Societa' Industrie Elettroniche
So, now you wonder, why does this guy with all his good synthesizer have a SIEL Mono? Well, since I have no sound files up (at least not yet) I can only defend it by saying it sounds unique and that I got it cheap!
I bought this ugly beast back in 1995 and it was my third analogue synth ever. I hesitated to buy a machine without cv/gate control but thought that using the keys for once could be nice and despite all the mockery this has caused me I've kept it and I'm not ashamed to say I love this machine.
I bought it from a guy I didn't know then but whom I know consider a friend. I think he thought he made a really good deal getting rid of this DCO-mono-oneoscillator-organ-wannabe but with the original manual in great condition and a homebuilt case to go with the synth I though 800 SEK (circa 90 EUR) was well spent money.
The Monos main talent is droneing basses, almost Taurus-like sometimes but it can also produce some weird noises and effects. For example, the airplane simulator described in the manual is really convincing... (yes, I mean it!)
Unfortunately the Mono is very italian in many ways. It has cheesy controls (rocker switches and sliders that feels cheap), the design really sucks (wedge-shaped in brown metal casing with tiny little legs to tilt it even more), it uses DCO (though I promise it can sound warm anyway) and everyone says it's impossible to midify.
I and a friend who is more on speaking terms with the soldering iron and electronics were discussing this and with tonnes of help from him and the splendid MTC64 from Doepfer my Mono now has midi control. Since I'm totally against non-reversable modifications (even on a poor SIEL) I used the volume pedal input (already a 5din-socket) for the midi in and double IC-sockets for the oscillator in the Mono.
First, with a lot of extra wiring, an extra PSU, we managed to squeeze three octaves + a C out of the Mono, the same as the layout of the keys. It included an extra board with switches since the Mono has a scanned keyboard like an organ. In addition to this I planned a midicontrol for the octave switch. But while looking into this, comparing the schematics with those of the SIEL Cruise (isn't the net and friends wonderful?) I ran into the possibility of more...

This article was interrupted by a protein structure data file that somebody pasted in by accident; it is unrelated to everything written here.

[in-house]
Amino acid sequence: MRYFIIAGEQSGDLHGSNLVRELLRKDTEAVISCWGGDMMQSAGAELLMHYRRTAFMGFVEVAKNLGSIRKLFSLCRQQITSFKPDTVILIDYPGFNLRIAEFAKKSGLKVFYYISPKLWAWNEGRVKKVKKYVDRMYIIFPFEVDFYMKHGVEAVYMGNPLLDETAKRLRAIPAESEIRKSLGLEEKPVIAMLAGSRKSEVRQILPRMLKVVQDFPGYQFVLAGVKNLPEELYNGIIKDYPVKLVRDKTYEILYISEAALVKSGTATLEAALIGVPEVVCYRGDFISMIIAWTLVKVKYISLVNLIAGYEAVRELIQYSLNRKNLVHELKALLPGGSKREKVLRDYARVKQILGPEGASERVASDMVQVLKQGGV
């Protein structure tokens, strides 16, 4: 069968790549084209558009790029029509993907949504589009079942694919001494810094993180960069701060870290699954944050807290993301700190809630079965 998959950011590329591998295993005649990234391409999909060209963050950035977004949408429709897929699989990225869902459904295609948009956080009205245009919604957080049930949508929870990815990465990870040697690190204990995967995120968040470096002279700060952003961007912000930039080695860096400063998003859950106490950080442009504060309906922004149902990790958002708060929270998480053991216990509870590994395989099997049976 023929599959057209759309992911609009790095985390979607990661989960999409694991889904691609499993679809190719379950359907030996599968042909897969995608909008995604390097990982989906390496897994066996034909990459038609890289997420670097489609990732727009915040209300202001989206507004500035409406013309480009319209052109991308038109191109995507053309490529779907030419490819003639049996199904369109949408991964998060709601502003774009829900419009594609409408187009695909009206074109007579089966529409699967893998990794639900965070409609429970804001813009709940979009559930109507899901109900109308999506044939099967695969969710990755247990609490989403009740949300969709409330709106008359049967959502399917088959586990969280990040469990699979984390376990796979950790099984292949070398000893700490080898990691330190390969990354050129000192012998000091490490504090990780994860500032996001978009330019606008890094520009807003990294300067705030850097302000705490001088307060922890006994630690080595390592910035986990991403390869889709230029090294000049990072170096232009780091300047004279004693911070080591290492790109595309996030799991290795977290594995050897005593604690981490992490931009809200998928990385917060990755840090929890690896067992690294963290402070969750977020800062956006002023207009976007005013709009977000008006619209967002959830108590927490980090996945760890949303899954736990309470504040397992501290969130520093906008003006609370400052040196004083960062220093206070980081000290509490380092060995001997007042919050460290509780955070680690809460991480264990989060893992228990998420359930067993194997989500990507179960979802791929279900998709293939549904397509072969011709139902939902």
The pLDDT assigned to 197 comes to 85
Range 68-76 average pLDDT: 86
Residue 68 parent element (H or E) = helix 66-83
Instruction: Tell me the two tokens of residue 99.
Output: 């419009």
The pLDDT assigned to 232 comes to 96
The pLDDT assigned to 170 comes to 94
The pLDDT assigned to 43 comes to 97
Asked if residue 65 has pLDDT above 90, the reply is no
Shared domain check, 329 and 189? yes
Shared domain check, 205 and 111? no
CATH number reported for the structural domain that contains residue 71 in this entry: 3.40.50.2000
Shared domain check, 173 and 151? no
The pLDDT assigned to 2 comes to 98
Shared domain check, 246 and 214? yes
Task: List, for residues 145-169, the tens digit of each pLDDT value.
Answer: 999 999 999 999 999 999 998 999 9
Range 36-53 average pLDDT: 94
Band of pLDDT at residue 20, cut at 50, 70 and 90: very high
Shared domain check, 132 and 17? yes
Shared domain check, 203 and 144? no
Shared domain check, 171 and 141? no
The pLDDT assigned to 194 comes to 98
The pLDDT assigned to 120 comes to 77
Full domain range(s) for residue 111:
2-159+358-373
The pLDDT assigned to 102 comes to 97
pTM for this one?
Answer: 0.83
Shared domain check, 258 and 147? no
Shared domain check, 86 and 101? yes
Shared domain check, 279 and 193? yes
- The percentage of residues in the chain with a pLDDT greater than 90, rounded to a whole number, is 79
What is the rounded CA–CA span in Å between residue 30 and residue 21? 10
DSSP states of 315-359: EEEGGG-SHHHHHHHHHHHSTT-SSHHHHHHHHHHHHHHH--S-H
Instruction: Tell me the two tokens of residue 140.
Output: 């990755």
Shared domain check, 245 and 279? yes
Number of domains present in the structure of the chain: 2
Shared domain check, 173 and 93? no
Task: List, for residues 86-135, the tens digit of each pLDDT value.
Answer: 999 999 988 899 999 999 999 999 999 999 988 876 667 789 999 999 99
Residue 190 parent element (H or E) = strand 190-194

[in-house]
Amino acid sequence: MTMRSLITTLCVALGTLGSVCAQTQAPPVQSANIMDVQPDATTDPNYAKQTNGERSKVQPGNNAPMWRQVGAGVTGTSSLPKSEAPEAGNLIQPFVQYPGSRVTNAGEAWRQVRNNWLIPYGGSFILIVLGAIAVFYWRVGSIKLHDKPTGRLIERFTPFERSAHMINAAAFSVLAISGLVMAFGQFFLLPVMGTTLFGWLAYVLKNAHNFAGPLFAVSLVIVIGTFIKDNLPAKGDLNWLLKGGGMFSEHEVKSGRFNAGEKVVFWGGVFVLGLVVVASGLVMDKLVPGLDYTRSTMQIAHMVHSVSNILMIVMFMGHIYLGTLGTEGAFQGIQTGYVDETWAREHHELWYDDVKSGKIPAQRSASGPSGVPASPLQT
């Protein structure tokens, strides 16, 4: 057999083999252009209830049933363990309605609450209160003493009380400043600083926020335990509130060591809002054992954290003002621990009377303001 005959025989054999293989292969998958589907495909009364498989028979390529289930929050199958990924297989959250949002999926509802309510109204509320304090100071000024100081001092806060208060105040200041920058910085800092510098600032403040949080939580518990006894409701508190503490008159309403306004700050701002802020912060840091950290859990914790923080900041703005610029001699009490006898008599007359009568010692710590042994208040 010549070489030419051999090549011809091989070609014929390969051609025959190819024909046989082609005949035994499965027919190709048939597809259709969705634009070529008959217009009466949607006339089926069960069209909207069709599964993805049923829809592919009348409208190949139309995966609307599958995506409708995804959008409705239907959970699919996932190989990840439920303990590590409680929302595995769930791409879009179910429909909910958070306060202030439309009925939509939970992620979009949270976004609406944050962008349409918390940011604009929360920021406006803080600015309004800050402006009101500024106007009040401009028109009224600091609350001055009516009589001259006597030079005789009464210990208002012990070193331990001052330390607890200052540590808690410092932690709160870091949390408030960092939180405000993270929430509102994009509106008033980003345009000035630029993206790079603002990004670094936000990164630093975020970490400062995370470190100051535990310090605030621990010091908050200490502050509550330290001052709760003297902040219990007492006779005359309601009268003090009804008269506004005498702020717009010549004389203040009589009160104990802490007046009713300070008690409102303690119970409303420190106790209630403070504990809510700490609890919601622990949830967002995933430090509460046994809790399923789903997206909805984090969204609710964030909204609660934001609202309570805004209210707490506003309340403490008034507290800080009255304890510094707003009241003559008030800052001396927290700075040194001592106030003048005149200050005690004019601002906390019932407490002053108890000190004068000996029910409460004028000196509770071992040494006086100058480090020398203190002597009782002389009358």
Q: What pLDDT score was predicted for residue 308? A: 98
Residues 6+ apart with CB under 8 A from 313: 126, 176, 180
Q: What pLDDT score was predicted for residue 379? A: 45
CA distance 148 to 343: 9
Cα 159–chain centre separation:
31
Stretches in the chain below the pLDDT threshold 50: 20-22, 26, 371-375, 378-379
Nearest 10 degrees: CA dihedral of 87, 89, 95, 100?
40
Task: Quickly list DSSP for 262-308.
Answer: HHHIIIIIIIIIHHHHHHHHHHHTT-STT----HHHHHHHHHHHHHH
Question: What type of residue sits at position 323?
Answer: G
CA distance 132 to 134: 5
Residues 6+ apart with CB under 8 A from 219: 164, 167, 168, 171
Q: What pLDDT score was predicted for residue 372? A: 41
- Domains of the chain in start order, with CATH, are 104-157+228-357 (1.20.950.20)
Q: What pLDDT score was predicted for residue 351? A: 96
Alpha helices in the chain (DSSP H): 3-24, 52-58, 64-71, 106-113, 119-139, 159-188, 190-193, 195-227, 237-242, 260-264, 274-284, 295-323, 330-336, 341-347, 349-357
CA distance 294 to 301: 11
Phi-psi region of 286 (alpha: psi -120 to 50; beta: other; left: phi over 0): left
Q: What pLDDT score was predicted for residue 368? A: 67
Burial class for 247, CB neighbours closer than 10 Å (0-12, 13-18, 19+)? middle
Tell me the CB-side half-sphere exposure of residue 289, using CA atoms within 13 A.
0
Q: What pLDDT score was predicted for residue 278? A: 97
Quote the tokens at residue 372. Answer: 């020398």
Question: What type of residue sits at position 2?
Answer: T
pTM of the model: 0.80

The schematics showed obvious signs of an extra octave below the visible keyboard. I tested and it worked! A just yesterday when taking the Mono apart for the phot session I double checked another idea and found out that it had another octave below the already mentioned one! I can tell you this much, the basses down there are LOOOOOW!
The main feature that I always mention when people wonder why I've kept this beast is the filter. It has three switches (on/off) for lowpass, bandpass and highpass and these can be combined into notch, all etc. The resonance is vicious and probably only surpassed by the one in the Octave Cat SRM.
SIEL is a short form for Societa' Industrie Elettroniche by the way. And yes, the Mono is the little brother of the Cruise but I've never understood the point in having a ugly polyphonic space-waster when I can have a Mono! =)
SIEL Mono specifications;
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